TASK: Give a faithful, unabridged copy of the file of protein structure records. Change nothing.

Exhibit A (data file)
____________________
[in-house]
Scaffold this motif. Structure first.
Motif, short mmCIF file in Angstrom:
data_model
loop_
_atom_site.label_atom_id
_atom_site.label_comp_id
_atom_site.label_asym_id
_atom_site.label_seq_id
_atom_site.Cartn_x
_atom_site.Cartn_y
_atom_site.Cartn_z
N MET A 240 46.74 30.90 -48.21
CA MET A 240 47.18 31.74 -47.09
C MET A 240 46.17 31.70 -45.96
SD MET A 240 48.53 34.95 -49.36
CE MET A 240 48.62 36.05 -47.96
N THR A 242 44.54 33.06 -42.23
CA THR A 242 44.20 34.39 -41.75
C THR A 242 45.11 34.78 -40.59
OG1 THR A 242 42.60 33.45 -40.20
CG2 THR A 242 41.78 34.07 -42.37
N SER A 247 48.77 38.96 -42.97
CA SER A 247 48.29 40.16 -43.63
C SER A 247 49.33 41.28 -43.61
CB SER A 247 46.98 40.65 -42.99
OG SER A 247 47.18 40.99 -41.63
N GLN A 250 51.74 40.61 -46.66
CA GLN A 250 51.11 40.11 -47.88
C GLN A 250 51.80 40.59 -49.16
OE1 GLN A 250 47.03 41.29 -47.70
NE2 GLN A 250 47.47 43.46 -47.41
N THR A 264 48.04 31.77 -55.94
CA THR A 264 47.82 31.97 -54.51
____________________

[in-house]
Scaffold this motif. Structure first.
Motif, short mmCIF file in Angstrom:
data_model
loop_
_atom_site.label_atom_id
_atom_site.label_comp_id
_atom_site.label_asym_id
_atom_site.label_seq_id
_atom_site.Cartn_x
_atom_site.Cartn_y
_atom_site.Cartn_z
N MET A 240 46.74 30.90 -48.21
CA MET A 240 47.18 31.74 -47.09
C MET A 240 46.17 31.70 -45.96
SD MET A 240 48.53 34.95 -49.36
CE MET A 240 48.62 36.05 -47.96
N THR A 242 44.54 33.06 -42.23
CA THR A 242 44.20 34.39 -41.75
C THR A 242 45.11 34.78 -40.59
OG1 THR A 242 42.60 33.45 -40.20
CG2 THR A 242 41.78 34.07 -42.37
N SER A 247 48.77 38.96 -42.97
CA SER A 247 48.29 40.16 -43.63
C SER A 247 49.33 41.28 -43.61
CB SER A 247 46.98 40.65 -42.99
OG SER A 247 47.18 40.99 -41.63
N GLN A 250 51.74 40.61 -46.66
CA GLN A 250 51.11 40.11 -47.88
C GLN A 250 51.80 40.59 -49.16
OE1 GLN A 250 47.03 41.29 -47.70
NE2 GLN A 250 47.47 43.46 -47.41
N THR A 264 48.04 31.77 -55.94
CA THR A 264 47.82 31.97 -54.51